53. 53. Partner and Be Magnetic
  54. 54. Conclusion Designing Your Future• All to play for• Think Partnership• Curiosity and Magnetism are key• Experiment
  55. 55. Background notes 64
  56. 56. Economic Outlook 2011-20 2021-30 2011-30Growth and productivity (% change; annual av)Growth of real GDPper head 1.9 2.5 2.2Growth of real GDP 2.2 2.6 2.4Labour productivitygrowth 2.2 2.8 2.5 Source: ECONOMIST INTELLIGENCE UNIT, September 2010 http://country.eiu.com, retrieved June 2011
  57. 57. Travel & Tourism Competitiveness Index 2011 Country 2011 Score 2011 Rank 2009 RankSwitzerland 5.68 1 1Germany 5.50 2 3France 5.41 3 4Austria 5.41 4 2Sweden 5.34 5 7USA 5.30 6 8Netherlands 5.13 14 13Denmark 5.05 16 14Finland 5.02 17 15Norway 4.98 20 19Estonia 4.88 25 27Russia 4.23 59 59 Source: WORLD ECONOMIC FORUM The Travel & Tourism Competitiveness Report 2011 http://www3.weforum.org/docs/WEF_TravelTourismCompetitiveness_Report_2011.pdf retrieved June 2011
  58. 58. How Finland Scores on the Index Rank ScoreT&T Regulatory Framework 5 5.7Policy Rules and Regulations 5 5.4Environmental Sustainability 5 5.7Safety and Security 1 6.5Health & Hygiene 12 6.6Prioritization of T&T 65 4.5 Source: WORLD ECONOMIC FORUM The Travel & Tourism Competitiveness Report 2011 http://www3.weforum.org/docs/WEF_TravelTourismCompetitiveness_Report_2011.pdf retrieved June 2011
  59. 59. How Finland Scores on the Index Rank ScoreT&T Business Env. & 30 4.8InfrastructureAir Transport Infrastructure 16 4.9Ground Transport Infrastructure 21 5.2Tourism Infrastructure 42 4.8ICT Infrastructure 17 5.2Price Competitiveness 128 3.6 Source: WORLD ECONOMIC FORUM The Travel & Tourism Competitiveness Report 2011 http://www3.weforum.org/docs/WEF_TravelTourismCompetitiveness_Report_2011.pdf retrieved June 2011
  60. 60. How Finland Scores on the Index Rank ScoreT&T Human, Cultural and Natural 25 4.6ResourcesHuman Capital 7 5.7Affinity for Travel and Tourism 83 4.5Natural Resources 66 3.3Cultural Resources 26 4.7 Source: WORLD ECONOMIC FORUM The Travel & Tourism Competitiveness Report 2011 http://www3.weforum.org/docs/WEF_TravelTourismCompetitiveness_Report_2011.pdf retrieved June 2011
  61. 61. Total Contribution of T&T to GDPSource: WORLD TRAVEL & TOURISM COUNCIL Travel and Tourism Economic Impact Finland 2011 http://www.wttc.org/bin/pdf/original_pdf_file/finland.pdf
  62. 62. Tourism and GDP• GDP: Direct Contribution The direct contribution of Travel &Tourism to GDP is expected to be EUR4.4bn (2.4% of total GDP) in 2011, rising by 4.2% pa to EUR6.6bn (2.7%) in 2021 (in constant 2011 prices).• GDP: Total Contribution The total contribution of Travel &Tourism to GDP, including its wider economic impacts, is forecast to rise by 3.4% pa from EUR12.2bn (6.6% of GDP) in 2011 to EUR17.2bn (7.0%) by 2021. Source: WORLD TRAVEL & TOURISM COUNCIL Key Facts at a Glance Finland 2011 http://wttc.org/eng/Tourism_Research/Economic_Research/Country_Reports/Finland/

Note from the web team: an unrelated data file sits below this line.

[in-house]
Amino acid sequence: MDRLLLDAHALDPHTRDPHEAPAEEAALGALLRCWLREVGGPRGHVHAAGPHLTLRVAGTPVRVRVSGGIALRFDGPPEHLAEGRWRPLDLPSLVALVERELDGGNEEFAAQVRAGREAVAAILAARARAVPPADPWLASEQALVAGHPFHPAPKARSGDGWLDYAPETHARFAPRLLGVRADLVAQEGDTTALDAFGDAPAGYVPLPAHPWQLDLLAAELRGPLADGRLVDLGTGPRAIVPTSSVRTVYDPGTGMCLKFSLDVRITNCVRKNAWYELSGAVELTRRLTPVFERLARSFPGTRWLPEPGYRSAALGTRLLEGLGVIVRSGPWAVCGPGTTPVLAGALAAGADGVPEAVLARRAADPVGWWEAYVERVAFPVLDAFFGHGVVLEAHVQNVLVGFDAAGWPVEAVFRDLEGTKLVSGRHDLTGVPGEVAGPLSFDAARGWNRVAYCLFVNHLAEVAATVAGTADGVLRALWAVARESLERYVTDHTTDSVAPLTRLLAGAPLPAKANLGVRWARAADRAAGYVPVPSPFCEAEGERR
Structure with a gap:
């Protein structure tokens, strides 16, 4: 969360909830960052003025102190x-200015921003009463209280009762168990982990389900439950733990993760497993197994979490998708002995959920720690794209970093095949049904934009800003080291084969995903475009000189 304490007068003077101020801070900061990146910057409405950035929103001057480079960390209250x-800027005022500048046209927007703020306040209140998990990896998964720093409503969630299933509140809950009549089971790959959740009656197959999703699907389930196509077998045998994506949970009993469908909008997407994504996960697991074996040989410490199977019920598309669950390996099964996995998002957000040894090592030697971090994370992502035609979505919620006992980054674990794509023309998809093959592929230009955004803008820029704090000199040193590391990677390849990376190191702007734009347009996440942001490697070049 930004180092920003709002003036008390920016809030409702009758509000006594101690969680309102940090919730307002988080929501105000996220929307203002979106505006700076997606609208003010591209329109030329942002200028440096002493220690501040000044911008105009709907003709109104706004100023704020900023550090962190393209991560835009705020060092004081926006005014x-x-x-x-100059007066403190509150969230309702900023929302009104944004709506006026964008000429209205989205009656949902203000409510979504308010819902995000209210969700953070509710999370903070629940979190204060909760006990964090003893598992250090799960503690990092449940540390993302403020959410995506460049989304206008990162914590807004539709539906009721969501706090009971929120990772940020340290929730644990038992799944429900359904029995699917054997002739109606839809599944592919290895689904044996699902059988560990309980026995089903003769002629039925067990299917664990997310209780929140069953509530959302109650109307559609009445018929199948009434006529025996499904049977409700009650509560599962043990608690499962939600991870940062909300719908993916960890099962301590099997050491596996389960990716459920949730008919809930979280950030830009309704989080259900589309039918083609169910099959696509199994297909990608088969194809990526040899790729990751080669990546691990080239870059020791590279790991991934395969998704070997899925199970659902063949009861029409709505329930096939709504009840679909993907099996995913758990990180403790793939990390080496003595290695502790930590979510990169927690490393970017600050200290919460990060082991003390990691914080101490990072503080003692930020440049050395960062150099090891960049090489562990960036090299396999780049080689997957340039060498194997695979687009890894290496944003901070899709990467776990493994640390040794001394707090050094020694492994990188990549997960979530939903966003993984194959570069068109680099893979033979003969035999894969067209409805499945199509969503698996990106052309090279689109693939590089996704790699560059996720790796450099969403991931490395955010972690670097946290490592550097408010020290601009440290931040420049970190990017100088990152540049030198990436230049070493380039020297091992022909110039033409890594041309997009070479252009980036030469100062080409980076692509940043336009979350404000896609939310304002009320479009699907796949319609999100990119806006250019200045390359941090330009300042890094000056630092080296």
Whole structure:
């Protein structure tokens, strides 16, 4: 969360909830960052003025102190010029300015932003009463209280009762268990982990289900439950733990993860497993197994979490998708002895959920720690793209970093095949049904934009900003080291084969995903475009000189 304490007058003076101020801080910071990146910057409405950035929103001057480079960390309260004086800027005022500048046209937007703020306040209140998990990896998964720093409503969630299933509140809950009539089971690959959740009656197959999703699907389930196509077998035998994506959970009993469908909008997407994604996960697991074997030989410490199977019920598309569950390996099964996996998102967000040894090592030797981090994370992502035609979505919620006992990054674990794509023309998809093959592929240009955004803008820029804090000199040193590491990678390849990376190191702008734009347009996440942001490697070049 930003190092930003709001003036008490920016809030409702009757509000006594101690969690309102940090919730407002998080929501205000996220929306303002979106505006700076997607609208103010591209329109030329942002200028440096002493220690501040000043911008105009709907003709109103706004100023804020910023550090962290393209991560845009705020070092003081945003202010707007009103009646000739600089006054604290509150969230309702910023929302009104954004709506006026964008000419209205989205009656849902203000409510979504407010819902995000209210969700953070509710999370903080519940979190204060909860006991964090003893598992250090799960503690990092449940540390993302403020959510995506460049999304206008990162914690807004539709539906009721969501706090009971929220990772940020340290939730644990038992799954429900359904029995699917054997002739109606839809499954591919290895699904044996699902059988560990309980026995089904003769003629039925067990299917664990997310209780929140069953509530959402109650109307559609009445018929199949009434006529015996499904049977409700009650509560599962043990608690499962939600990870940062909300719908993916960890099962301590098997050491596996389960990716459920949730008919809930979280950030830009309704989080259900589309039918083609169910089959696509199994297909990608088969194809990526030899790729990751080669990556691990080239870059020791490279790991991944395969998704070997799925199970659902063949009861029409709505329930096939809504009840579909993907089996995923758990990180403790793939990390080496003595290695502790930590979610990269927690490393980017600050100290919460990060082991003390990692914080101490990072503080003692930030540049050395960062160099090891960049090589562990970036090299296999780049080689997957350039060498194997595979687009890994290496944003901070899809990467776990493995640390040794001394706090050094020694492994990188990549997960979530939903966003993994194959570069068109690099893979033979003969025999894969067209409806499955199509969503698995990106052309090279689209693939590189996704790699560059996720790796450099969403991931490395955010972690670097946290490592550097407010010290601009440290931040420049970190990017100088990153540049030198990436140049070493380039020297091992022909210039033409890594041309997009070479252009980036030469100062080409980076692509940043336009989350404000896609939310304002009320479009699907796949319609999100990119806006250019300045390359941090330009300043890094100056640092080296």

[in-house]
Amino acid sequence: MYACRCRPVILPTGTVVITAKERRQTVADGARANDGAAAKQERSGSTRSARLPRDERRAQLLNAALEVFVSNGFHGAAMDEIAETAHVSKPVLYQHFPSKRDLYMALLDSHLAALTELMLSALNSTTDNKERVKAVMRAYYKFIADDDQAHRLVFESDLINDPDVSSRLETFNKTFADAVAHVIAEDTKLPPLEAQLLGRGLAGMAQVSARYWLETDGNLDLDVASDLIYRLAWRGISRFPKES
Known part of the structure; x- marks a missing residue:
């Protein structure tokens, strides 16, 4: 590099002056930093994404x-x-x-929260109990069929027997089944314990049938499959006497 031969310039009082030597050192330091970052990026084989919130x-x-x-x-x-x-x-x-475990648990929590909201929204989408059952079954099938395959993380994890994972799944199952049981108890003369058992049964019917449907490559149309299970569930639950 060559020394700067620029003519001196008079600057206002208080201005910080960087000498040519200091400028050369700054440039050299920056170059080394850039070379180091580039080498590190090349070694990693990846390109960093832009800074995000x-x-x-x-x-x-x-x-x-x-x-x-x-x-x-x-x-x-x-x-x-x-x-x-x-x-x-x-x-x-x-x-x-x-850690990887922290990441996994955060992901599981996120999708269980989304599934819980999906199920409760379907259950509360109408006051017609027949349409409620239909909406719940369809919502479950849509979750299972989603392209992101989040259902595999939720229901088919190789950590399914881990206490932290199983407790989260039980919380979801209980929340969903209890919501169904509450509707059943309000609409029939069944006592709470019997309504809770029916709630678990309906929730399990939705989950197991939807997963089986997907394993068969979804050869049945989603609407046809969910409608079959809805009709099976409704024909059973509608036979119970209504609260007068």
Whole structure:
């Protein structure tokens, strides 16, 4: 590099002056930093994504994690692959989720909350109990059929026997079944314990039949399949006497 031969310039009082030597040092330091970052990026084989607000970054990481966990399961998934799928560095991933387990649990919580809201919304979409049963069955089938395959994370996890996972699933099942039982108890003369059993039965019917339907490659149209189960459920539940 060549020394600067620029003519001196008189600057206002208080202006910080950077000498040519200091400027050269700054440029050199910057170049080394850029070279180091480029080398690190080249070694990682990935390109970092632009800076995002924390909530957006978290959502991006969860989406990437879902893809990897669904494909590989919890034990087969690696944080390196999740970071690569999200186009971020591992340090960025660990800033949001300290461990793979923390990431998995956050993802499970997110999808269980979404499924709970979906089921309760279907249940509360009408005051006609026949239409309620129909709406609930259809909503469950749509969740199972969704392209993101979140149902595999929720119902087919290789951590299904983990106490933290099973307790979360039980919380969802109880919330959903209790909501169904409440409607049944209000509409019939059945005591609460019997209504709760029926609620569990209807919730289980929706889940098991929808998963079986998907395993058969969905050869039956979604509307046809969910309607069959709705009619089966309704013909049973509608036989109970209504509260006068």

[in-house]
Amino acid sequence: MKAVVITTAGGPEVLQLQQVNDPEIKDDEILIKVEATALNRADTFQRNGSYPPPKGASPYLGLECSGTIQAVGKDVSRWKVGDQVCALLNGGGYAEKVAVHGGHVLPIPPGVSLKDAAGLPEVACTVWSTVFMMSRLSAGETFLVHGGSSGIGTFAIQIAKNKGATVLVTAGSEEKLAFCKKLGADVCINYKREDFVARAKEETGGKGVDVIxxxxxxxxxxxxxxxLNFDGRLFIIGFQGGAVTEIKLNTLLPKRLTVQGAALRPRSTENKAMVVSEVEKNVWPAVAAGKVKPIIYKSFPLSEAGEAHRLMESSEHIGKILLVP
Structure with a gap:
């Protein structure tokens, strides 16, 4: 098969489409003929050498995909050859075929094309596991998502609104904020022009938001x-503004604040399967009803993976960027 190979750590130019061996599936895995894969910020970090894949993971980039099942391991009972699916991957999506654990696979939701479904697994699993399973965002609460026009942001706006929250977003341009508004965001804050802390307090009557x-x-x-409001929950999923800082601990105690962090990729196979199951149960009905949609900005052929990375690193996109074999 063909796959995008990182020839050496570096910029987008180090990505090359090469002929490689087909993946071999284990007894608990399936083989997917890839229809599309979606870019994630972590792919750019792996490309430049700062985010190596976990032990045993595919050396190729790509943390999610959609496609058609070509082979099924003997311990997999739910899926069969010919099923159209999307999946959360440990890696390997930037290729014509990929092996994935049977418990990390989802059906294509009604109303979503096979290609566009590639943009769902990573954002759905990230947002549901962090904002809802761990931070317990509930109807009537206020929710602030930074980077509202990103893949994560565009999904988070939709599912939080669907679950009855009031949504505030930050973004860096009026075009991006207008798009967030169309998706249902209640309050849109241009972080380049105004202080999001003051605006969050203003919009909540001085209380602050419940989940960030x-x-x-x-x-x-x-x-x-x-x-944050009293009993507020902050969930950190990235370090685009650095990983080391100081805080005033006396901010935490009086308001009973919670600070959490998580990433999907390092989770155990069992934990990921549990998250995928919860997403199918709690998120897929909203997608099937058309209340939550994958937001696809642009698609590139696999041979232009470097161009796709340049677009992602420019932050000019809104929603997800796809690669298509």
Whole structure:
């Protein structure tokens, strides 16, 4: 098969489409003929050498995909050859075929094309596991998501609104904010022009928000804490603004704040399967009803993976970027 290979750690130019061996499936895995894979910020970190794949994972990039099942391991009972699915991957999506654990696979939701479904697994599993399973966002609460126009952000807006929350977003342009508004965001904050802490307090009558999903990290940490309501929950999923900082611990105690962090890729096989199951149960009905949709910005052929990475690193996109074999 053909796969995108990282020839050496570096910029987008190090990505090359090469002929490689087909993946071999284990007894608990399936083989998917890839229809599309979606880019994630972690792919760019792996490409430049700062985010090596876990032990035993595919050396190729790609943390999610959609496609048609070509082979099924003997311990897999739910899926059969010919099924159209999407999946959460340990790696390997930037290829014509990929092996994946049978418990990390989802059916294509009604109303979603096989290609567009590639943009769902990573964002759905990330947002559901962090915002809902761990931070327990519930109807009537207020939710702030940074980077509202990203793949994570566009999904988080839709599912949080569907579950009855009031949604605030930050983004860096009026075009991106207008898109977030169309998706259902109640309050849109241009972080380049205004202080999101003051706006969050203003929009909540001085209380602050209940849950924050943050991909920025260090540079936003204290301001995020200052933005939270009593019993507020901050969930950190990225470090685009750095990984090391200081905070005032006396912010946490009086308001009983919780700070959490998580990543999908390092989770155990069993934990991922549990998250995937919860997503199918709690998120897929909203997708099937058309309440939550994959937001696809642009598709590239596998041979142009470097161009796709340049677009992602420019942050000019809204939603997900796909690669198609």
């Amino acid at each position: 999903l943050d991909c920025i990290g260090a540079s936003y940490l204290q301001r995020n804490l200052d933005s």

63. 63. Tourism and Employment
  64. 64. Tourism and Employment• Employment: Direct Contribution Travel & Tourism is expected to support directly 58,000 jobs (2.4% of total employment) in 2011, rising by 1.7% pa to 69,000 jobs (2.8%) by 2021.• Employment: Total Contribution The total contribution of Travel & Tourism to employment, including jobs indirectly supported by the industry, is forecast to rise by 0.9% pa from 168,000 jobs (6.9% of total employment) in 2011 to 185,000 jobs (7.5%) by 2021. Source: WORLD TRAVEL & TOURISM COUNCIL Key Facts at a Glance Finland 2011 http://wttc.org/eng/Tourism_Research/Economic_Research/Country_Reports/Finland/
  65. 65. Exports and Investment
  66. 66. Exports and Investment• Visitor Exports Travel & Tourism visitor exports are expected to generate EUR3.3bn (4.3% of total exports) in 2011, growing by 6.2% pa (in nominal terms) to EUR5.1bn (3.7%) in 2021.• Investment Travel & Tourism investment is estimated at EUR0.9bn or 2.7% of total investment in 2011. It should rise by 6.3% pa to reach EUR1.6bn (or 3.1%) of total investment in 2021. Source: WORLD TRAVEL & TOURISM COUNCIL Key Facts at a Glance Finland 2011 http://wttc.org/eng/Tourism_Research/Economic_Research/Country_Reports/Finland/
  67. 67. Leisure vs. Business Travel
  68. 68. Leisure vs. Business Travel • Leisure travel spending (inbound and domestic) is • expected to generate 67.7% of direct Travel & Tourism GDP in 2011 compared with 32.3% for business travel spending. • Leisure travel spending is expected to total EUR6.8bn in 2011, rising to EUR10.4bn in 2021. • Business travel spending is expected to total EUR3.3bn in 2011, rising to EUR5.0bn in 2021.Source: WORLD TRAVEL & TOURISM COUNCIL Travel and Tourism Economic Impact Finland 2011 http://www.wttc.org/bin/pdf/original_pdf_file/finland.pdf
  69. 69. GDP Contribution Regional ComparisonSource: WORLD TRAVEL & TOURISM COUNCIL Travel and Tourism Economic Impact Finland 2011 http://www.wttc.org/bin/pdf/original_pdf_file/finland.pdf
  70. 70. GDP Contribution Regional ComparisonSource: WORLD TRAVEL & TOURISM COUNCIL Travel and Tourism Economic Impact Finland 2011 http://www.wttc.org/bin/pdf/original_pdf_file/finland.pdf
  71. 71. T&T Employment Regional ComparisonSource: WORLD TRAVEL & TOURISM COUNCIL Travel and Tourism Economic Impact Finland 2011 http://www.wttc.org/bin/pdf/original_pdf_file/finland.pdf
  72. 72. T&T Employment Regional ComparisonSource: WORLD TRAVEL & TOURISM COUNCIL Travel and Tourism Economic Impact Finland 2011 http://www.wttc.org/bin/pdf/original_pdf_file/finland.pdf